Deviations from plans in Prairieville Apartments development prompts rebuke from city panel
City planning staff will more closely monitor development projects in Waukesha at the urging of city officials who recently got an up-close look at the impact a lack of such monitoring can have.
The case in point was local developer Alan Huelsman's downtown Prairieville Apartment complex, which was completed in 2015. According to planning staff and Huelsman, the project, at 260 South St., was not built as approved, and some of the changes made – all without the plan commission's blessing – were immediately noticeable.
The Prairieville project appeared on the commission's agenda because planning staff called for several changes to be made to the building, primarily on the first floor, so it would more closely resemble what had been approved. Those changes include the addition of storefront glass, frosted glass garage doors and more architectural details such as awnings and additional masonry.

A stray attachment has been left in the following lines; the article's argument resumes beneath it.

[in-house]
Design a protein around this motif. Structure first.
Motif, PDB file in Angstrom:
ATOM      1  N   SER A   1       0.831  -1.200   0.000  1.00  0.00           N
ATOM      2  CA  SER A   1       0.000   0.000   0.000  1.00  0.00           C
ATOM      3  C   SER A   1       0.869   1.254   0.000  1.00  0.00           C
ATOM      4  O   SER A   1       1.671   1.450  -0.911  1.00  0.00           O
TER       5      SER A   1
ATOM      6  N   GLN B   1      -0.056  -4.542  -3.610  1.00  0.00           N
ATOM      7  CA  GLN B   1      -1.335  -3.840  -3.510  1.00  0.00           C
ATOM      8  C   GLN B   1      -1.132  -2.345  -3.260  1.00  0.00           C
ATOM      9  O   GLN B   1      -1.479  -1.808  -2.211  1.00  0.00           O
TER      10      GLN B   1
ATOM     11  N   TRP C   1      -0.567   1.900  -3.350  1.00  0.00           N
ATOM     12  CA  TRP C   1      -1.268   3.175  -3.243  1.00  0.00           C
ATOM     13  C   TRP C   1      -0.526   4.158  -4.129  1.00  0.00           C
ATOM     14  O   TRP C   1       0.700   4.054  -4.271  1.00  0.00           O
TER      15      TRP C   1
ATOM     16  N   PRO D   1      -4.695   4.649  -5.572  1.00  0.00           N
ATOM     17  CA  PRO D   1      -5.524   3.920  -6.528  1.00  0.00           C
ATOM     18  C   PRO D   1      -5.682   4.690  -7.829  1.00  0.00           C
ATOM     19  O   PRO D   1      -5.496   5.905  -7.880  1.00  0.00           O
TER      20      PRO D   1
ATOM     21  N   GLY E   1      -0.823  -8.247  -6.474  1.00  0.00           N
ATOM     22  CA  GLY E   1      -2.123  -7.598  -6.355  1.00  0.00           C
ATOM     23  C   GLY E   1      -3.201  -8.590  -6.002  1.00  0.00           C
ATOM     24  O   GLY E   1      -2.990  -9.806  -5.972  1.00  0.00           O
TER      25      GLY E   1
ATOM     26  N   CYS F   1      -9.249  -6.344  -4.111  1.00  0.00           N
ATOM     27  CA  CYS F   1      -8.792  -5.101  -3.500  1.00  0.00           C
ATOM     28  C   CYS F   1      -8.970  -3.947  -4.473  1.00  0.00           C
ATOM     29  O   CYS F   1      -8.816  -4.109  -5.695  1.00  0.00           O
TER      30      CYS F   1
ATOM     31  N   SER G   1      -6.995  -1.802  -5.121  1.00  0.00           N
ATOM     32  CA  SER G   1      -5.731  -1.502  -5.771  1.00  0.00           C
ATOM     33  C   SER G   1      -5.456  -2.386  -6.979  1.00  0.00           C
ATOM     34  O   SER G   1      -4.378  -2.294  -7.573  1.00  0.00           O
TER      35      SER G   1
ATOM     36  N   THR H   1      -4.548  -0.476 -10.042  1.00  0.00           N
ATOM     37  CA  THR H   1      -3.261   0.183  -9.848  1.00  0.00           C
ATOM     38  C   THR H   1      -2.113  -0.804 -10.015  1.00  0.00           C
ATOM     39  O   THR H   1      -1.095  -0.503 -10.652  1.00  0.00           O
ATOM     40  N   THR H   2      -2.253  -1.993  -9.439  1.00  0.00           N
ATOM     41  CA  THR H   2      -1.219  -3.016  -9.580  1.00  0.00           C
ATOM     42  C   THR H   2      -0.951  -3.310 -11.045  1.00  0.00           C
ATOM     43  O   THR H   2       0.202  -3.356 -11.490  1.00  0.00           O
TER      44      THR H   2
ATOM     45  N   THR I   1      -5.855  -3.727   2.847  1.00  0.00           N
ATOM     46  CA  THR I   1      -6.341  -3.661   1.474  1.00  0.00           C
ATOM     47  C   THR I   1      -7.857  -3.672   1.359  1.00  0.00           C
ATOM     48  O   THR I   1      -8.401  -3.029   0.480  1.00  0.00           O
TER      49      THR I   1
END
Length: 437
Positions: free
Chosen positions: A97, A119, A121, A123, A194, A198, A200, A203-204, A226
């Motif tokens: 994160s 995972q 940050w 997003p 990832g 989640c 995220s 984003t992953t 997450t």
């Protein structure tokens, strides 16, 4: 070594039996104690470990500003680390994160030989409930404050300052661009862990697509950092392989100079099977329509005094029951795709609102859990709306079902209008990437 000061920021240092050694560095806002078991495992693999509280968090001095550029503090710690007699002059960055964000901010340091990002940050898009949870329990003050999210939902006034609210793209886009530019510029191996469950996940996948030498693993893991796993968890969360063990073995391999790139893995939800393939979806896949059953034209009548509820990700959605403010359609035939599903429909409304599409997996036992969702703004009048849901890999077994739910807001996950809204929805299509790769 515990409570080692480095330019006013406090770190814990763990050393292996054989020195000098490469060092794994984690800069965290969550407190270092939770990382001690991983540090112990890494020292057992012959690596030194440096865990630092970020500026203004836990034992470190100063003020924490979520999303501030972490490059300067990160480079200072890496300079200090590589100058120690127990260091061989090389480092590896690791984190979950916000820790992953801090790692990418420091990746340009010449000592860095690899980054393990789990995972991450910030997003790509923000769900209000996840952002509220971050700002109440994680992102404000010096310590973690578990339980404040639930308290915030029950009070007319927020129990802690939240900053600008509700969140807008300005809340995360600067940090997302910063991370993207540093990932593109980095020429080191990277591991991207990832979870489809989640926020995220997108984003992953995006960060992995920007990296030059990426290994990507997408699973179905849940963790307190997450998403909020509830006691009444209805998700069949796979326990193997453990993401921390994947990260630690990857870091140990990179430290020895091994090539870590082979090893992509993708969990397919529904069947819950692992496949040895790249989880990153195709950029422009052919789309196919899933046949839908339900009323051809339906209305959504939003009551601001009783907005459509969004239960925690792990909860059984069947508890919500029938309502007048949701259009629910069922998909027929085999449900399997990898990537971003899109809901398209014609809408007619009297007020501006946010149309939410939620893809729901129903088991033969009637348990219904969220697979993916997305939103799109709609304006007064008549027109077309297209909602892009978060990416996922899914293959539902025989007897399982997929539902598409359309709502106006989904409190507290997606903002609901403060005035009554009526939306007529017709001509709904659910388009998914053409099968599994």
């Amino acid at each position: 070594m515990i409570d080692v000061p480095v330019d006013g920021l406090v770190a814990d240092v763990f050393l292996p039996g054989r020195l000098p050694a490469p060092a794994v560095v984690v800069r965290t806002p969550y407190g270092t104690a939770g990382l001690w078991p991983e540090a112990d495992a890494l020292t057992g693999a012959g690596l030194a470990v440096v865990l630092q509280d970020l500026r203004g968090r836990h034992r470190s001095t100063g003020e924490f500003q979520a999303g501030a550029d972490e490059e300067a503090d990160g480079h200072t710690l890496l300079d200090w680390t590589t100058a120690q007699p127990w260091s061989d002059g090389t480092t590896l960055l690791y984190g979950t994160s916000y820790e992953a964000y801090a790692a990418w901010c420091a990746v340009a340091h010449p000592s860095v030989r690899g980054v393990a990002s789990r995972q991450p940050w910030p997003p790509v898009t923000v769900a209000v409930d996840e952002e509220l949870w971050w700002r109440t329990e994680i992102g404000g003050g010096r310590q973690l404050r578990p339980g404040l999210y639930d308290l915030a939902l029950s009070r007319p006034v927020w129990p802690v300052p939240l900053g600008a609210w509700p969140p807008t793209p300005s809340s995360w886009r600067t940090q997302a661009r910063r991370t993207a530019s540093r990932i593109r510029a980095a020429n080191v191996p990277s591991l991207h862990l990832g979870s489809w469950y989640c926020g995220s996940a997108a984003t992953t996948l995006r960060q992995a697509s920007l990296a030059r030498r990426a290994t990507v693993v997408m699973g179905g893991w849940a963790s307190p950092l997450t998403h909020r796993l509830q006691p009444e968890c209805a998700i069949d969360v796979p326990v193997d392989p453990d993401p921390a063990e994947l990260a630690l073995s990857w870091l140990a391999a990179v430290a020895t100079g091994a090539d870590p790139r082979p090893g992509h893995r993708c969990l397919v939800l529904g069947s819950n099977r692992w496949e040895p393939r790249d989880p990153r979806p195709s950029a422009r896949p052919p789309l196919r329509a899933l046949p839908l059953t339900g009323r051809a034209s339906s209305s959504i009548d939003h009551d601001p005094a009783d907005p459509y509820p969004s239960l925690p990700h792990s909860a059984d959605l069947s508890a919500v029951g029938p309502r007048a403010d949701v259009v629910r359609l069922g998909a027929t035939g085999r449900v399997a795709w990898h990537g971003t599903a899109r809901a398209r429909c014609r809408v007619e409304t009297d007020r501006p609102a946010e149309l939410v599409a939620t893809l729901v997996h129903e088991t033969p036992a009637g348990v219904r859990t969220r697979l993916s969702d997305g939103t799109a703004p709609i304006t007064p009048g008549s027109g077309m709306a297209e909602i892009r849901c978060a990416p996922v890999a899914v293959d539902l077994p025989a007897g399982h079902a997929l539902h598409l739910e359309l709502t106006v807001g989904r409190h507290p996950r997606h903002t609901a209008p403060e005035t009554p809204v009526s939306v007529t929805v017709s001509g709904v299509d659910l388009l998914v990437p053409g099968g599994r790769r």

Mayor Shawn Reilly, chairman of the commission, chastised Huelsman for deviating from previously approved plans and urged planning staff to monitor such projects more closely when possible to avoid similar situations in the future.
"We're going to be much more cautious going through your plans" going forward, Reilly told Huelsman.
Huelsman said during an April 12 plan commission meeting that city staff began calling him virtually as soon as the project was complete to complain about the changes he made.
"In hindsight, I should have come back to the plan commission," Huelsman said.
City Planner Maria Pandazi said her department does not have the staff to make personal checks on each development project in the city, but called the Prairieville incident a "wake-up call."
She said she would explore options, including possibly withholding occupancy permits, to ensure projects are completed to approved specifications.
The commission approved the latest revisions unanimously and tacked on the condition that it be completed by Oct. 30.
Prairieville was not the only downtown apartment complex on the commission's agenda. The panel also approved a certified survey map joining two properties at the future site of the Clearpoint apartment complex.
That development, expected to be complete by mid-to-late 2018, will be built just west of the corner at Main and Barstow streets.
Clearpoint will have 56 one-bedroom units and eight two-bedroom units atop two levels of indoor parking. The parking – 98 covered spaces – will be situated in the lower level and on the first floor, with residences on the second through fifth floors. It will be built in part with $1.3 million in public funds.